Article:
Clamp-on flow technology works well with large pipe sizes and high flow velocities.

Hydroelectric power is the most widely used renewable energy resource in the world, comprising as much as 25 percent of total global electricity. Hydroelectricity is inexpensive to produce, adapts quickly to fluctuating demands for power and does not pollute the environment.

Despite its advantages, hydroelectric power presents unique challenges when it comes to monitoring the flow of water through a hydropower plant—an important step in ensuring safe and efficient plant operation.

Clamp-on ultrasonic flow measurement technology can handle the large pipe sizes and high flow velocities typically found in hydroelectricity applications.

Measuring Flow in a Large Pipe

As an example, a major municipal water company in northern California generates hydroelectric power and supplies water to local customers. Water is stored in a reservoir and released through a penstock, an enclosed pipe that travels downhill from the reservoir to a turbine. The water in the penstock often flows at high speeds, occasionally more than 40 feet (12.2 meters) per second. The force of this fast-moving water turns the turbine, which drives an electric generator to produce hydroelectricity.

The company needed to monitor the volume of water flowing through the 54-inch (1.4-meter) penstock and through an 8-inch (20.3-centimeter) bypass line. Turbine efficiency is directly related to water flow, and a reduced level of efficiency often indicates the need for system maintenance. As a result, accurate flow measurement is essential for maintaining precise control over the water’s movement and for receiving adequate warning of potential issues.

The company investigated a retrofit ultrasonic flow system that is welded into the pipe and sends ultrasonic signals between two transit-time sensors to compare the arrival time of sound waves traveling with flow and against it. The difference is directly proportional to the medium’s mean flow velocity.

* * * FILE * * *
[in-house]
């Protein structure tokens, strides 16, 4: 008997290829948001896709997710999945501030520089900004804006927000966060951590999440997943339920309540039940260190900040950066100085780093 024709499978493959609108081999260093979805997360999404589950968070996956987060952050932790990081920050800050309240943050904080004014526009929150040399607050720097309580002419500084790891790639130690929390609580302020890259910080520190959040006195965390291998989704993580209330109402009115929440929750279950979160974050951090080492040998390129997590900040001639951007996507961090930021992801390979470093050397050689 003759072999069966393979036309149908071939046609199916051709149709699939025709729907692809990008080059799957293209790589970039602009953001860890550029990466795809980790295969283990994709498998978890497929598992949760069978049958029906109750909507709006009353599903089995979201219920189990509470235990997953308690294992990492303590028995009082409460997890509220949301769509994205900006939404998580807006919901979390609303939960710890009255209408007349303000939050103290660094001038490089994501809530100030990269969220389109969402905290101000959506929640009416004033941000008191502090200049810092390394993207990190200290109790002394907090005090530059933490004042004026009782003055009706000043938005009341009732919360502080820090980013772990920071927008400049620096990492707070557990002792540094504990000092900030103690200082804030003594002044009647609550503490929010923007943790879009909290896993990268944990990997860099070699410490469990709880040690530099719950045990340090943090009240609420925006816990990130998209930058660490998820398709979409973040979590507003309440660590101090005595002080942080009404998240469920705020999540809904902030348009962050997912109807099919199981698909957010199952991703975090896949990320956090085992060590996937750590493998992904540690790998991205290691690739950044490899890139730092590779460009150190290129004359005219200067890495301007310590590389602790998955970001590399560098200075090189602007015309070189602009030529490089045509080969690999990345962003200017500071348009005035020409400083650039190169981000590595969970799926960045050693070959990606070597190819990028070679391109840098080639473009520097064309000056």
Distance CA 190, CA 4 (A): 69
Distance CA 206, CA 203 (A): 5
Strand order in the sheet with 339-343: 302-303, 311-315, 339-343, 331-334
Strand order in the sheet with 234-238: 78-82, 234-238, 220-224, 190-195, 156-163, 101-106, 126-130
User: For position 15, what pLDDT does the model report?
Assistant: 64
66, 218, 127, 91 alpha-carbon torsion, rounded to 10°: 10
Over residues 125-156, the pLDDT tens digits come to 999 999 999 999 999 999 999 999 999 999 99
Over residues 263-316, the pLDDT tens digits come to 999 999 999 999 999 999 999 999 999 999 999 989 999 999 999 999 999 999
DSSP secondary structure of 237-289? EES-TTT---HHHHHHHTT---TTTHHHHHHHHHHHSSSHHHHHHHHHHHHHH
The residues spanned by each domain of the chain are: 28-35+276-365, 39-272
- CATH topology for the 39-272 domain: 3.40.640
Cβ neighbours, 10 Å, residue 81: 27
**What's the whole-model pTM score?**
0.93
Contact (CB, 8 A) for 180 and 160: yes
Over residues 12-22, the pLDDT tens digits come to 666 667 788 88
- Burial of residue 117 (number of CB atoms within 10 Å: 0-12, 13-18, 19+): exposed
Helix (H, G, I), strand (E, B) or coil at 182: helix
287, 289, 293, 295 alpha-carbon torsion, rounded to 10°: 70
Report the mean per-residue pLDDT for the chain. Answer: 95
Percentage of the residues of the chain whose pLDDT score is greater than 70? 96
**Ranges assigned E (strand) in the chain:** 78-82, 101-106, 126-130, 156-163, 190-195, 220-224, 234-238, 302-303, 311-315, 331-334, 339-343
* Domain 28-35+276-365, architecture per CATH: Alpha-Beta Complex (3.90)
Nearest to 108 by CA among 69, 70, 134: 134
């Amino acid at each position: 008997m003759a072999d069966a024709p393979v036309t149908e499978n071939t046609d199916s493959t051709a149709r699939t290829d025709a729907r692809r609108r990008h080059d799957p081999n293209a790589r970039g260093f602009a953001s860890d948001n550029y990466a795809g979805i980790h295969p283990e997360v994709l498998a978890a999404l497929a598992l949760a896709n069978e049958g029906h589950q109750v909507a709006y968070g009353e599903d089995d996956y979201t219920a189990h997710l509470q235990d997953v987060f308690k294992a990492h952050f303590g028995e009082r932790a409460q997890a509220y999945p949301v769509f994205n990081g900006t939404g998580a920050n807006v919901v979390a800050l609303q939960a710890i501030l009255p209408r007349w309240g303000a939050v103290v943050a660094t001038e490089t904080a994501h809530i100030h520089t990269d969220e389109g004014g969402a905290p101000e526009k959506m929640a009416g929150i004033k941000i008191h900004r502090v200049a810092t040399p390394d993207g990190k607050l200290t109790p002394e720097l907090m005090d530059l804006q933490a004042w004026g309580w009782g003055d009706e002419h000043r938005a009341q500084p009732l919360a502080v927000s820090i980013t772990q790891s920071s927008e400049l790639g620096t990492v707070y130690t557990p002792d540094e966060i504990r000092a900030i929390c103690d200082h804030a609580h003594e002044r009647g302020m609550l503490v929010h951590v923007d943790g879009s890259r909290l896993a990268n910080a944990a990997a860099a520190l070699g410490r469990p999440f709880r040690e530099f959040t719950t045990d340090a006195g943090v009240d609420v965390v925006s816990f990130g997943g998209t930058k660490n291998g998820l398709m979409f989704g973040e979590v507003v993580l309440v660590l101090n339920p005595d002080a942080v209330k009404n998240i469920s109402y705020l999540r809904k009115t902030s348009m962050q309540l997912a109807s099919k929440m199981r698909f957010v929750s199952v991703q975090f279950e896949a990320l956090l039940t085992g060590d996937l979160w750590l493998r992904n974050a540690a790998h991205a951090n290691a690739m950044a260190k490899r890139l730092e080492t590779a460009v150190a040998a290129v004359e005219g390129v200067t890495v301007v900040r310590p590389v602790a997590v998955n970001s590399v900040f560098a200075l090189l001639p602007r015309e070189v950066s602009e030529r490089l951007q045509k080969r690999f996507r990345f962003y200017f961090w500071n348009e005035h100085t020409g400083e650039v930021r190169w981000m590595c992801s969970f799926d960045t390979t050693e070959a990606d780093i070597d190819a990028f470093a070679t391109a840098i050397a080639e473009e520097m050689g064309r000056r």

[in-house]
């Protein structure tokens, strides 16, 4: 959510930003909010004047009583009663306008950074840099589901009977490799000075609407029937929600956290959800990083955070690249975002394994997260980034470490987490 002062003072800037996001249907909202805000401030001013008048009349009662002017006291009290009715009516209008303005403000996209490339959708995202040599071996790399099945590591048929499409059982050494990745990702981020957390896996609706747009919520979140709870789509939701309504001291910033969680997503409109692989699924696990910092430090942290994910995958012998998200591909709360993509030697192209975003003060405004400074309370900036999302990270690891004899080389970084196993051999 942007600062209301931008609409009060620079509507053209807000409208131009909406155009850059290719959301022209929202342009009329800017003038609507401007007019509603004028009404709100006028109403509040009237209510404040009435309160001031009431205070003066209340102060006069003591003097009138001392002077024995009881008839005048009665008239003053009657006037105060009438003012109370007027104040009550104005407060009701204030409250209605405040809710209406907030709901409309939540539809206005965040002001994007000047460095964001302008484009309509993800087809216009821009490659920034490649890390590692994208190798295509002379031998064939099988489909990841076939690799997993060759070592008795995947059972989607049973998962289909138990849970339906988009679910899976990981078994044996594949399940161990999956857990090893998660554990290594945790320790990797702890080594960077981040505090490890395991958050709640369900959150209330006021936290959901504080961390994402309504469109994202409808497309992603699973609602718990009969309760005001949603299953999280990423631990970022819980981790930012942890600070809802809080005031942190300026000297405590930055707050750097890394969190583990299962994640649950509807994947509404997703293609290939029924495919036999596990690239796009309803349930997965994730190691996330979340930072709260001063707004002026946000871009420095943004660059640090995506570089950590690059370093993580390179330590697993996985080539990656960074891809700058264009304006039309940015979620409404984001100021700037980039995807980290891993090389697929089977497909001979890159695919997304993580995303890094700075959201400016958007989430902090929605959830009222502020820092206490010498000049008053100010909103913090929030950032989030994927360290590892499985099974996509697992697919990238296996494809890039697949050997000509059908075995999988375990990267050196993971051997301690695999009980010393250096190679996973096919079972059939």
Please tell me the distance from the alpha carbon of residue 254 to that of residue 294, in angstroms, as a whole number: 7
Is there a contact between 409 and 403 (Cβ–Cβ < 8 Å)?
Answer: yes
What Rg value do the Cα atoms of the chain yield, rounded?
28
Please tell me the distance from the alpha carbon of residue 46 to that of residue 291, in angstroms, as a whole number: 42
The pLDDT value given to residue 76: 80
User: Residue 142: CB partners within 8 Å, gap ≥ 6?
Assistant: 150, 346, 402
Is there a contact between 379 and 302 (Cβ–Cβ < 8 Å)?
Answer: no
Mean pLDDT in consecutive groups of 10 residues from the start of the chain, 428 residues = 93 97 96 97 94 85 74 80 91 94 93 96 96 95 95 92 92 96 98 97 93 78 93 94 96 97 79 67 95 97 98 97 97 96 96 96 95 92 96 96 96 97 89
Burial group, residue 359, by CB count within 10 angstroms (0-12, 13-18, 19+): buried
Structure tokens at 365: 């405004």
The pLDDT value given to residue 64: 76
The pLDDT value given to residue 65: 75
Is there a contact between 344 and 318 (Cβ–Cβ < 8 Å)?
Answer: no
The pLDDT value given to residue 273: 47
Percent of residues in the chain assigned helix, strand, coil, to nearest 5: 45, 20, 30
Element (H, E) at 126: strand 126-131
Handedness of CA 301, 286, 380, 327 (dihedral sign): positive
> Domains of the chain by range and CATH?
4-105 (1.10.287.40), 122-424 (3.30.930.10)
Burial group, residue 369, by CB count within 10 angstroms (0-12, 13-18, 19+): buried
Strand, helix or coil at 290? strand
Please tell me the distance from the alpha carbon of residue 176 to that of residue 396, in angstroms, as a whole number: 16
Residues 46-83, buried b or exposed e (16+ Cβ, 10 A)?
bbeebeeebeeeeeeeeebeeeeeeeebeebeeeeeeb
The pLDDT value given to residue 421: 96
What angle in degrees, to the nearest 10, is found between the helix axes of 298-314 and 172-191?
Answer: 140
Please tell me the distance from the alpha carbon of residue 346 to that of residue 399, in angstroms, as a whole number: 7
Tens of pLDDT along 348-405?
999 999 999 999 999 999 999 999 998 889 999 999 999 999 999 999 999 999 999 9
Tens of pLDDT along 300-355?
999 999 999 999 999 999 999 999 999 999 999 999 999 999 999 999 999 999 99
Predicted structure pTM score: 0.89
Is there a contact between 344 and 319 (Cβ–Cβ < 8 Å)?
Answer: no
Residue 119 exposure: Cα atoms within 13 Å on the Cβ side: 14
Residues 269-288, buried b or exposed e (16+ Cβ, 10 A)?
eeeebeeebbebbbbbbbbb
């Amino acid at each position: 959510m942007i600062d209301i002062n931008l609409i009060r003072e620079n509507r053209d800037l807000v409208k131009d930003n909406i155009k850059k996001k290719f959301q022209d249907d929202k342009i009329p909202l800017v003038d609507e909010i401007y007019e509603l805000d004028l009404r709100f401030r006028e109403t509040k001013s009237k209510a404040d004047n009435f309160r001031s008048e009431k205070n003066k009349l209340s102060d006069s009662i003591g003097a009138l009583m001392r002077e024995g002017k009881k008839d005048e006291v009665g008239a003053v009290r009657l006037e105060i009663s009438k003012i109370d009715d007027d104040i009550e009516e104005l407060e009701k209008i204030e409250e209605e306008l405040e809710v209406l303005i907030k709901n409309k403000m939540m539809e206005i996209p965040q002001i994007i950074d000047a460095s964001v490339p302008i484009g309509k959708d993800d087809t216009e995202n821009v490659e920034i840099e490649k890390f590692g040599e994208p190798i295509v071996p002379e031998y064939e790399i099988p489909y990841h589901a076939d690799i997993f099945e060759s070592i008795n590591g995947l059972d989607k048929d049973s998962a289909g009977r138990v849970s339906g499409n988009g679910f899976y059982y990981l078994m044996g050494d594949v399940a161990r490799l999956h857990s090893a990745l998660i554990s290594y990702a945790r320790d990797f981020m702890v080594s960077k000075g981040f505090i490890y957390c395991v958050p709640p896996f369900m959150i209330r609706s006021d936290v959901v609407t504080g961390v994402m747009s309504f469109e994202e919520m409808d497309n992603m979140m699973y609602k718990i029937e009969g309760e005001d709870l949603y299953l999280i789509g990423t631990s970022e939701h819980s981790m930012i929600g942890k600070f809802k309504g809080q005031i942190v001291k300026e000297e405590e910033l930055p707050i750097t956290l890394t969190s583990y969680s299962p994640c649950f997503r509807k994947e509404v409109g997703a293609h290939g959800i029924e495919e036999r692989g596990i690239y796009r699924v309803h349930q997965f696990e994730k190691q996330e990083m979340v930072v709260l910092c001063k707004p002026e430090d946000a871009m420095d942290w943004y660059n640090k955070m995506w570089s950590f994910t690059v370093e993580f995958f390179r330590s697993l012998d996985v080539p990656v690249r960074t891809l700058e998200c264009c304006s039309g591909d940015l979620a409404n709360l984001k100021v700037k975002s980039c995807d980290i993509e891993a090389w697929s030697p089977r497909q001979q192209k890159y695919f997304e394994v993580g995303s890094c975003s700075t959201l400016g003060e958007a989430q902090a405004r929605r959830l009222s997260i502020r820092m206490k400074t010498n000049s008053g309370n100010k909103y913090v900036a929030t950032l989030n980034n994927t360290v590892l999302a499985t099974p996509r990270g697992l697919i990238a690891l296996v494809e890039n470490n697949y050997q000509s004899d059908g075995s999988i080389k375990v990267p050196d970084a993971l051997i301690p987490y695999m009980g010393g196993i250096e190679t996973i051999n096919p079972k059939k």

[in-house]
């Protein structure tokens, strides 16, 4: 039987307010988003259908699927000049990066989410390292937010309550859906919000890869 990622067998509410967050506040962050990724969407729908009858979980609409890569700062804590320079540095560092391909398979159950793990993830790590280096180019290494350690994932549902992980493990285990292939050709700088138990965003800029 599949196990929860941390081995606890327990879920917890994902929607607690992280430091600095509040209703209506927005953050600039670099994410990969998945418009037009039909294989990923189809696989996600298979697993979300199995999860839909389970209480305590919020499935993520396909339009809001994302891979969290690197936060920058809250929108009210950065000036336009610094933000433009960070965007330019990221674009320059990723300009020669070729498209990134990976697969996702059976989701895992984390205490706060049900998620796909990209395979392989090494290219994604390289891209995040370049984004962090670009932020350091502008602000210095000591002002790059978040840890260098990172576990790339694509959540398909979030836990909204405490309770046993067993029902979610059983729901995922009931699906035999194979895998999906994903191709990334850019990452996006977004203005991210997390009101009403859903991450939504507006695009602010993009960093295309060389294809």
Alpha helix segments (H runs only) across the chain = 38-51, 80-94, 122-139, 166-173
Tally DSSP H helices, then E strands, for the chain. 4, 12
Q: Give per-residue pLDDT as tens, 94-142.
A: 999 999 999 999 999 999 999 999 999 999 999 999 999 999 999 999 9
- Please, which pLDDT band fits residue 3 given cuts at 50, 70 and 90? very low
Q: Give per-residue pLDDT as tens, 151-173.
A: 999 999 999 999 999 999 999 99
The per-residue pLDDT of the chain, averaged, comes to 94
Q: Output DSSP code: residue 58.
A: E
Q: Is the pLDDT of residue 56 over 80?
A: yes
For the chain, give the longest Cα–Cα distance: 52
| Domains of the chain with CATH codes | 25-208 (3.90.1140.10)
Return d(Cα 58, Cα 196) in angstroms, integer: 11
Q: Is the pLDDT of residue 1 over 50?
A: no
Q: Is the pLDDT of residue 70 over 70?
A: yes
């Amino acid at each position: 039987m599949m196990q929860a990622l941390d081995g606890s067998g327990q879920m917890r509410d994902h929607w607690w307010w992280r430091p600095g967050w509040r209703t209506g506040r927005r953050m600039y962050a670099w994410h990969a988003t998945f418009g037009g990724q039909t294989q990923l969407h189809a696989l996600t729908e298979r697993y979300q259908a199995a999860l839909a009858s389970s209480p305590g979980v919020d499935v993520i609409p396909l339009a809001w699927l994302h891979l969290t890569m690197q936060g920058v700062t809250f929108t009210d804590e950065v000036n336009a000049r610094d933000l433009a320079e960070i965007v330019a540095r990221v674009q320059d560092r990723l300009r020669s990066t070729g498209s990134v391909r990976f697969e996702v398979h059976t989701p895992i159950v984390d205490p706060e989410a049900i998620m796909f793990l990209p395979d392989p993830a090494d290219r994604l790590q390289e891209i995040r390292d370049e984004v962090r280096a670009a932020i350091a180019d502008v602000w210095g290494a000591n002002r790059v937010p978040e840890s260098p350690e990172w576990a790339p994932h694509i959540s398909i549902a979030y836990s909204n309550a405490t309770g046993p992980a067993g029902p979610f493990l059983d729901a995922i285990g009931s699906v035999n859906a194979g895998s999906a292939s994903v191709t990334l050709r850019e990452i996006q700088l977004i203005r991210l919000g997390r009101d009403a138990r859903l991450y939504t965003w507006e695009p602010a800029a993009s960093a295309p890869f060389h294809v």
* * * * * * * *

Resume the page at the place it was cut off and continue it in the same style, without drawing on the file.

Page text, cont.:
This is a precise method of measuring flow, with an expected accuracy rate of 0.25 to 0.5 percent, but it tends to be costly because of the downtime required for retrofitting.

The company discovered a viable alternative—a clamp-on ultrasonic flow measurement device. This type of meter measures flow using the same transit-time method as its retrofitted counterpart, but the sensors are mounted externally and transmit signals through the pipe wall.

At about 0.5 to 1 percent flow, the accuracy rate is lower than that of a hot-tap solution but well within the accepted range for most water and wastewater applications. Clamp-on technology also allowed the company to eliminate pipe alteration and process downtime, which reduced installation costs by nearly half.

Because the sensors never touch the medium, they require minimal cleaning and maintenance.

Paths for Performance

A single-path clamp-on flow meter with one pair of sensors was sufficient to monitor the bypass line, but the penstock required a four-path system with four pairs of sensors. Pipes with larger diameters tend to exhibit a higher rate of eccentricity—the degree to which the pipe’s inner diameter is displaced from the outer diameter—and this can decrease measurement accuracy. Because it averages the measurements from multiple sensors configured in different locations around the pipe, the four-path system compensates for this imperfection.

To maintain flow meter performance despite the high velocity of the water, the company selected Lamb wave, or wide beam, sensors for the single-path and four-path systems. These sensors use the pipe wall as a waveguide to provide a wide area of vibration and to optimize the signal-to-noise ratio, which decreases sensor sensitivity to anomalies within the medium.

Today, supported by data from clamp-on ultrasonic flow meters, the company is producing hydroelectricity at maximum efficiency.